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4 bar linkage and instantaneous centers help

  1. Oct 7, 2014 #1
  2. jcsd
  3. Oct 7, 2014 #2

    BvU

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    I see two solutions, a ##\psi^+## and a ##\psi^-##, reasonably interpreted in Figure 2.
     
  4. Oct 7, 2014 #3
    "These two values correspond to the two ways in which a four-bar linkage may be closed" is what confuses me. Am I meant to use both values? to plot the new position of the bar? or only one depending on which 'way' I want my linkage to be 'closed'. The way I'm thinking is if I redo the calculation at increments of 5 degrees for example. I'll have a decent path of motion. Again..that is, if in fact that those equations are for plotting motion..

    I hope you understand what I mean.
     
  5. Oct 7, 2014 #4

    BvU

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    "We are to pick any 4 bar mechanism, fix one point and plot its movement/the movement of the instantaneous centre" is the exact wording of the exercise?

    instantaneous centre is what according to the relevant equations under 2. in the template ?

    A and B move over the circles, so perhaps the halfway point is meant ? You may know, but I can't deduce that from your post.
     
  6. Oct 7, 2014 #5
    We are to base it off a real four bar mechanism and use its dimensions. Fortunately, I have one in the same configuration as the one seen in figure 1 in the pdf. At the moment, I'm simply trying to plot the motion of the four bar mechanism I'm not worrying about the instantaneous center.

    I know how it moves, I've done this using simulators. I just need to prove this mathematically. I've included 2 pictures. One, is of what I mean by instantaneous center and the second one is what I'm trying to explain. IF I calculate the mechanism at 20 degrees and my ouput from the equations in pdf yields a 65.81. Is that the new position of that bar?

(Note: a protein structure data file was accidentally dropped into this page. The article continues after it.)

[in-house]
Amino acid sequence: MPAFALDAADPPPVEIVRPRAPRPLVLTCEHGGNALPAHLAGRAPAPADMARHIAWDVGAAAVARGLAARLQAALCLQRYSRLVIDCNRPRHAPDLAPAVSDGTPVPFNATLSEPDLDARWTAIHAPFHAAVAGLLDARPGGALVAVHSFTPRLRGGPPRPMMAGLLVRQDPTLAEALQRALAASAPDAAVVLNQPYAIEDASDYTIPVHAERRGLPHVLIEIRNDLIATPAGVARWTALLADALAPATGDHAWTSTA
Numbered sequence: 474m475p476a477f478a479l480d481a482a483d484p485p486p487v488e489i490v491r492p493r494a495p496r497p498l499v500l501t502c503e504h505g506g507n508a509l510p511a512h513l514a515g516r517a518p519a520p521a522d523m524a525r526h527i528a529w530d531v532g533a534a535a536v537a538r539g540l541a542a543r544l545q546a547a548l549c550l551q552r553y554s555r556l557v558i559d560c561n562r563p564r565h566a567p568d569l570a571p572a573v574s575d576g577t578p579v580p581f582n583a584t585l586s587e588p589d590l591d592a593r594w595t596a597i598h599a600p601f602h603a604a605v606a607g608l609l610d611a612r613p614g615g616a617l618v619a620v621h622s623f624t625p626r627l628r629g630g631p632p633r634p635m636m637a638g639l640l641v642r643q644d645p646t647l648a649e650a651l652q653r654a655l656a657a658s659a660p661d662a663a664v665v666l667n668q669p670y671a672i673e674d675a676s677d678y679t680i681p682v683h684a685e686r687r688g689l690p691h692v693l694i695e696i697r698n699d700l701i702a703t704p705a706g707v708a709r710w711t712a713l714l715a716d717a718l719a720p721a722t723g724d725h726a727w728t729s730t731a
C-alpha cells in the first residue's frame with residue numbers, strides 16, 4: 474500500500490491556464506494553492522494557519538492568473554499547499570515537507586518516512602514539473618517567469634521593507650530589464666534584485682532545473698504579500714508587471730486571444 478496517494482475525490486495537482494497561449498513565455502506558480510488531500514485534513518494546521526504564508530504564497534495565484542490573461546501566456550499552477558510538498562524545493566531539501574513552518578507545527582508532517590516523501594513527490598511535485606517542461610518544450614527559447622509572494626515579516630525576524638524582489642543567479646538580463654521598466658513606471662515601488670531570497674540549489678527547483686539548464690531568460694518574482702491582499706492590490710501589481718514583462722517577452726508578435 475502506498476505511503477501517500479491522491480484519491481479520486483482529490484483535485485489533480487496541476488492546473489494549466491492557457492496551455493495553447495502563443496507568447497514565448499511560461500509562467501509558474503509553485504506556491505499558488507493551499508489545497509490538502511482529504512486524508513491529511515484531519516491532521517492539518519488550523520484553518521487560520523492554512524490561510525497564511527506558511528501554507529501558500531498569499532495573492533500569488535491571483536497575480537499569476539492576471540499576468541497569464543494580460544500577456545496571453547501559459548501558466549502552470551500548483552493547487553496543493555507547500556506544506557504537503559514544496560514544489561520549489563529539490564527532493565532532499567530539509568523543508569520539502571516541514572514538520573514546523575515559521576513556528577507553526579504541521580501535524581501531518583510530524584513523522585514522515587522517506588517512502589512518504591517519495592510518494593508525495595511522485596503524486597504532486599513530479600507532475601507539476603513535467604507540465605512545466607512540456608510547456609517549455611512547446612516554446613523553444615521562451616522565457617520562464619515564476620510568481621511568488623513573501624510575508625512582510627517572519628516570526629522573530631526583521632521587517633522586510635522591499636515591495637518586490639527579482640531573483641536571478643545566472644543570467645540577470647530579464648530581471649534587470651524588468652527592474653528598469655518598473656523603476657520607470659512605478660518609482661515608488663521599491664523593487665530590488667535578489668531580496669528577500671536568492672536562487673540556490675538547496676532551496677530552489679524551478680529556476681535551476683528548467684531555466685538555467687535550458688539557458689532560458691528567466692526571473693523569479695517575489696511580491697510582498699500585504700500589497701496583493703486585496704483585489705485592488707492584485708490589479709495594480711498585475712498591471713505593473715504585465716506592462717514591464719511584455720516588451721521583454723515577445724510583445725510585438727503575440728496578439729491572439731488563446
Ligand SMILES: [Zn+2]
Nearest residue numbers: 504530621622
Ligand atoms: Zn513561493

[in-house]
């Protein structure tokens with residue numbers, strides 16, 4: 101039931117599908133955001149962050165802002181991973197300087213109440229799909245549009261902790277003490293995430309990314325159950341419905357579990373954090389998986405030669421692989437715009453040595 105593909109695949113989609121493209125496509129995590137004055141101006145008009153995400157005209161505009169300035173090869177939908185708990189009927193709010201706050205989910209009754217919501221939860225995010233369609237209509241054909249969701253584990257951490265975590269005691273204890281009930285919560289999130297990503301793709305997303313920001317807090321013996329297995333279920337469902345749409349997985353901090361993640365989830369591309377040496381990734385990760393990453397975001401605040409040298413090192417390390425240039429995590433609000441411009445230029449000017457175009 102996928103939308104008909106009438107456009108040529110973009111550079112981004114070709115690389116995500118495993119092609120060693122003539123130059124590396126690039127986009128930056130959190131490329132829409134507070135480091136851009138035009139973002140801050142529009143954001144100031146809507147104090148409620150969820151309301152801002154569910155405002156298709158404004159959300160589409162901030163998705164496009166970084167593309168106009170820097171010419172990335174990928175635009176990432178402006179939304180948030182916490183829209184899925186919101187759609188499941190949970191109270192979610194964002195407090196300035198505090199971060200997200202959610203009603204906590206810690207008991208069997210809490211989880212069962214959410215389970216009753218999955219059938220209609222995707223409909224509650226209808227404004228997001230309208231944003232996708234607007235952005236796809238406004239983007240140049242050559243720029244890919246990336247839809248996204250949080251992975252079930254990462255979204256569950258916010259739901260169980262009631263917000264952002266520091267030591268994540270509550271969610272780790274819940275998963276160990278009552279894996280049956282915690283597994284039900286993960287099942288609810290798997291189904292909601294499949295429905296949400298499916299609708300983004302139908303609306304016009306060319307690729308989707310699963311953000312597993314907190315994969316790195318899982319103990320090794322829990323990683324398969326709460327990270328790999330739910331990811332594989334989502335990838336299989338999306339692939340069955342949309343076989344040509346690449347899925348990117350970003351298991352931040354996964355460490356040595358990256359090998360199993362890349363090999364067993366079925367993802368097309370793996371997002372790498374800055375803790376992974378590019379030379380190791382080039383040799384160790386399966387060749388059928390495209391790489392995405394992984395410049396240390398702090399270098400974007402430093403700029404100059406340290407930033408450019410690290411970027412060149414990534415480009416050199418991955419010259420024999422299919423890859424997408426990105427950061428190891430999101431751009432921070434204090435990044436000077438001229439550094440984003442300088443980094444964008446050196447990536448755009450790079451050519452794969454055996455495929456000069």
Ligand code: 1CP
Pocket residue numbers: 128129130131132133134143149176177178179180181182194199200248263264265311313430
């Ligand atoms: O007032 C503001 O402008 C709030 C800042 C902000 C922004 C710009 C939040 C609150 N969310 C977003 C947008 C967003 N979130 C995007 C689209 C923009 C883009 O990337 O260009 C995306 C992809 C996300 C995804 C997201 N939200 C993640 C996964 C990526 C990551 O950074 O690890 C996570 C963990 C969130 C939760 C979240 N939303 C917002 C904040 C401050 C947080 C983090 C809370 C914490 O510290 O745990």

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  7. Oct 7, 2014 #6

    BvU

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    I see. Picture 1 provides a clear idea of what is meant with instantaneous center. Picture 2 is one of the two solutions with ##\phi=20^\circ##. For every ##\phi## there will be two points B at distance a2 from A. Once that ambiguity is resolved, the path of the instantaneous center is determined.

    You ask 'Is that the new position of that bar ?' but
    1 you haven't given the initial postion
    2 the ##65.8^\circ## is an angle, not a position.
     
  8. Oct 8, 2014 #7
    Initial position is shown in the picture.. The mechanism stands at 90 degree angles. I know that 65.8 is an angle, but if I plot the bar at THAT angle..that gives me the new position of the bar in relation to what it was at 90.. I just wanted to confirm that if I drew the bar at that new angle. Will that be its motion/displacement/new position in relation to the ϕ=20 degrees.

    I just need to know. If I start calculating ϕ at increments of 10 from the initial position of 90 degrees...and using the new ψ+ value to redraw the the right bar. Will this give me an accurate path of motion. I just need that confirmed.
     
  9. Oct 8, 2014 #8

    BvU

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    PF is meant to help you with your homework, not to provide approval stamps. If you want confirmation, hand in your work and teacher will tell you. What I am trying to help you with is that you can convince yourself that it's correct.

    I hope the ambiguity issue is cleared up by now. If not, one more shot: think of the thing as two triangles, OB A B on top of OB OA A, with OB A in common. B can be 'above' OB A or below, but once that's established, it doesn't flip over any more by cranking OA A: continuity, also in the equations, takes care of that.

    Your description of the initial configuration is in conflict with the given information in post #1: with sides 2 4 3 4 you can't have found right angles. But my estimate is that you started with with ##\phi = 90^\circ## and B 'above' OB A. So that takes care of resolving the ambiguity.

    The path of motion asked for in the original post is the path of motion of the instantaneous center, so you still have some work to do ! Having ##\psi## written out as a function of ##\phi## is a good intermediate step for that.
     
  10. Oct 10, 2014 #9
    Apologies for the delayed response. I just thought it would be more beneficial to ask if I'm on the right track rather than what the answer is, but I see the merit in your approach. Thank you :)

    One more question if I were to choose a scissor mechanism instead. Would I be correct to assume the instantaneous center would remain in the joint?
     
  11. Oct 10, 2014 #10

    BvU

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    I'm not sure what you mean by "scissor mechanism" ? Is that the other solution with B- or do you mean something else ?


    (If you do mean the B- solution, then figure 2 already shows it does not "remain in the joint" )
     
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